The Mohawk Agility Drill can be used with cones, sticks, “Attack Triangles,” SweetHands, or any other hockey obstacle. More creative obstacles produce more creative players in this drill. Here’s the diagram:
Mohawk Agility Drill
1. Players line up as shown.
2. Puck carrier puts a move on the first stick, skates down around the second stick (putting a move on it), skates up around the top stick (putting a move on it), then shoots.
3. ENCOURAGE CREATIVITY!
In our last post, we talked about beating a 2-1-2 with a D to D pass. In the footage, we saw the NJ Devils using an aggressive 2-1-2 “Stack” against the Rangers. In this post, we’ll show you the LA Kings using another variation of the 2-1-2, the 2-1-2 “Spread.”
2-1-2 Stack vs Spread
There are two types of 2-1-2 set-ups; the “stack,” where the first two players enter the zone on the same side of the ice, the first player hits and pins, the second player takes the puck; and the “spread,” where the first player attacks the puck carrier, and the second player eliminates the D to D pass (this is what the Kings are using in this clip).
2-1-2 “Spread” Explained
The key to an effectice 2-1-2 “Spread” is for F1 (the first forward on the attack) come in aggressive. If F1 is lazy geting in, the play won’t work. F2 must also get in hard and take away the D to D pass. F3 reads F1’s forechecking angle, and takes away the strong side breakout. If done properly, there’s nothing the opposing defenseman can do except try to force a pass up the strong side, or dump it out of the zone.
The 2-1-2 is a great forecheck to set an aggressive tone at the beginning of a game. If your players are in good enough shape, and can execute it consistently, you can stick with it for an entire game. But I recommend having another forecheck to fall back on if the 2-1-2 starts getting sloppy.
During the 2012 Stanley Cup Playoffs, I did a video dissection of Ryan Carter’s game-winning goal against the New York Rangers. The video got quite a few hits that night, and I had a number of requests to dissect the play from the defensive point of view. People wanted to know what went wrong, and what the Rangers could have done differently to prevent the goal. So I put together a follow up video, showing how I would have beaten the 2-1-2 Forecheck the Devils were using. Since we’re ramping up for the new season, I thought it would be a good idea to brush up on beating the most commonly run forechecking system, the 2-1-2.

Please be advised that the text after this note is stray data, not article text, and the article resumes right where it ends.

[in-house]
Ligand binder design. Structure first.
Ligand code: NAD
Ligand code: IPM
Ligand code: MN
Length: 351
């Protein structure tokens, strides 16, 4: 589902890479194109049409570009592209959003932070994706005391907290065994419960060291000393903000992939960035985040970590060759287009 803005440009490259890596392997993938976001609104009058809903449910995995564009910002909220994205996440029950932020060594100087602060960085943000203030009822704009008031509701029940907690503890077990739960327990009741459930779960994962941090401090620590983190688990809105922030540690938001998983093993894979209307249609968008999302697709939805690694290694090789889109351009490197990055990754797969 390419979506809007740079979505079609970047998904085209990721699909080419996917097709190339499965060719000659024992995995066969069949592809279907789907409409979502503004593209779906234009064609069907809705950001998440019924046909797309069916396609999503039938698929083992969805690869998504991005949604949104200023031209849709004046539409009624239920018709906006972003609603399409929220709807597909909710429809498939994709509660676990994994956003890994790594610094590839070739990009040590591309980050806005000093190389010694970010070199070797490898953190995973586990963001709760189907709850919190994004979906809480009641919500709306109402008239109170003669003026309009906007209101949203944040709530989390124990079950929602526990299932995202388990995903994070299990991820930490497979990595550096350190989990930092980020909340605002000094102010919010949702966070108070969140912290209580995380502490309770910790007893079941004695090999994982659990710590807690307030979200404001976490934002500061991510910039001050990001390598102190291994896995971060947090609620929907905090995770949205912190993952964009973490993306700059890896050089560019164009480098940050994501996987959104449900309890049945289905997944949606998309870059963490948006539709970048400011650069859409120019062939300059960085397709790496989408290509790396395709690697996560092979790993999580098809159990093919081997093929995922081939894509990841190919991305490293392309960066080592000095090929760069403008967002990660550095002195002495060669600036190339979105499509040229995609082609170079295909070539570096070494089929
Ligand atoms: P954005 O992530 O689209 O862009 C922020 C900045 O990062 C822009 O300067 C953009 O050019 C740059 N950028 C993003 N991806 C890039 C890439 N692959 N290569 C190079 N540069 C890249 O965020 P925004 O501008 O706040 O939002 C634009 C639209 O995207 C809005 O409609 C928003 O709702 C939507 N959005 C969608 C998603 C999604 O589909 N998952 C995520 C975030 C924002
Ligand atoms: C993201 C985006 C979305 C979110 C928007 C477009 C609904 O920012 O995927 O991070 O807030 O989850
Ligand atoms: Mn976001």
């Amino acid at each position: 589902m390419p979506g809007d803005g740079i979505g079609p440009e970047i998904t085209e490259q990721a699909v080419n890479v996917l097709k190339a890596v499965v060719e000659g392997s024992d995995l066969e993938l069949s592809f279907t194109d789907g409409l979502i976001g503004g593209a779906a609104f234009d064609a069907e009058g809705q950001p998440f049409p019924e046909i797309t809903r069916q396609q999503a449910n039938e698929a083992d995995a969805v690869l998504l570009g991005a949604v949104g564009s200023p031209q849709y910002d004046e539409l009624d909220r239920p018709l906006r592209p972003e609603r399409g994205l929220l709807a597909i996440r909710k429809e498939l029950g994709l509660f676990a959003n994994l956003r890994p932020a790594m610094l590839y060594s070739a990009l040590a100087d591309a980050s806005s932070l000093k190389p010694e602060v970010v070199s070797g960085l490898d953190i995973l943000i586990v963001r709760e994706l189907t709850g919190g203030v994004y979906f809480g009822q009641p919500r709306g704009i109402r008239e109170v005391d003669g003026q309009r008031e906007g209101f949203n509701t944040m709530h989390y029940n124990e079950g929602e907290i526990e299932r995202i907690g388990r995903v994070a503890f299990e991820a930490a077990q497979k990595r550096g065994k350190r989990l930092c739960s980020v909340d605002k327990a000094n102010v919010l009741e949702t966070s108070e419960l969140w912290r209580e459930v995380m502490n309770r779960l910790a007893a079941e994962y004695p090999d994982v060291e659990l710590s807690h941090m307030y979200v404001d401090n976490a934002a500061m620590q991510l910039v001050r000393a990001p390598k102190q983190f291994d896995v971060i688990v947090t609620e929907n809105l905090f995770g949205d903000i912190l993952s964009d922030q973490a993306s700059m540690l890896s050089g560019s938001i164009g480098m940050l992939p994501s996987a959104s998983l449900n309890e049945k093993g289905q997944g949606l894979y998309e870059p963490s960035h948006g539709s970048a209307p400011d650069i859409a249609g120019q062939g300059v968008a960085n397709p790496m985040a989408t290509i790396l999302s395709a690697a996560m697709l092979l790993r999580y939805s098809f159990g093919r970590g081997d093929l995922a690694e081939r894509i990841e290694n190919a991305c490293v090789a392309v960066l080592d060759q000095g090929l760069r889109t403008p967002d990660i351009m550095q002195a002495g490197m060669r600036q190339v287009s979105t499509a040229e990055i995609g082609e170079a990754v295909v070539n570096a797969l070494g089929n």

2-1-2 Stack vs Spread
There are two types of 2-1-2 set-ups; the “stack,” where the first two players enter the zone on the same side of the ice, the first player hits and pins, the second player takes the puck (this is the set-up the Devils use in this clip). In the “spread,” the first player attacks the puck carrier, and the second player eliminates the D to D pass.
How to Beat the 2-1-2
The first step to beating the 2-1-2 is for the puck-side defenseman to determine whether the opponent is using a stack or a spread. If he reads stack, he MUST get the puck to his weak-side partner, no matter what it takes! That’s where the open ice is, and that’s where the highest likelihood of a successful breakout lies. If he reads spread, he’ll need to beat his strong-side attacker, either with a misdirection or a reverse pass to the centerman, then break out the strong side.
What went Wrong?
In this clip, you’ll see the Rangers defenseman was more worried about jockeying with the Devils’ first man in, than he was about getting the puck to the weak side. Because of this, he ended up with poor body positioning, and got bombarded by the Devils’ aggressive forecheck. The 2-1-2 worked out in text-book fashion for the Devils, first man hit and pinned, second man picked up the puck and hit the third man coming into the slot for the game-winning goal.
The Wedge +1 is strategically very similar to the “Sagging” Zone d-zone coverage
The Wedge +1 is a more advanced, more aggressive penalty kill, that operates similar to our “Sagging” Zone defensive zone coverage set-up. This set-up allows the closest “corner” of the box to challenge the puck carrier, while the other three players remain in front of the net.
Make sure your players understand when to “force” the puck carrier, and when to “contain” the puck carrier. Reading this incorrectly will cause problems for you! Also, remind your weak-side forward and defenseman to keep their heads on a swivel, and not to let anyone creep in behind them on the backdoor.
“Sagging” Zone Arrow is a slightly more aggressive version of the “Sagging” Zone
Use the “Sagging” Zone Arrow to put even more pressure on the opposing team. The set up is very similar to the regular “Sagging” Zone, except that the players on the “arrows” (where the likely passing lanes are) slide out to cut down the puck carrier’s passing options.
This set-up will cause more turnovers, but leaves the front of the net more vulnerable. So the players in front must be even more aware of players sneaking in the backdoor.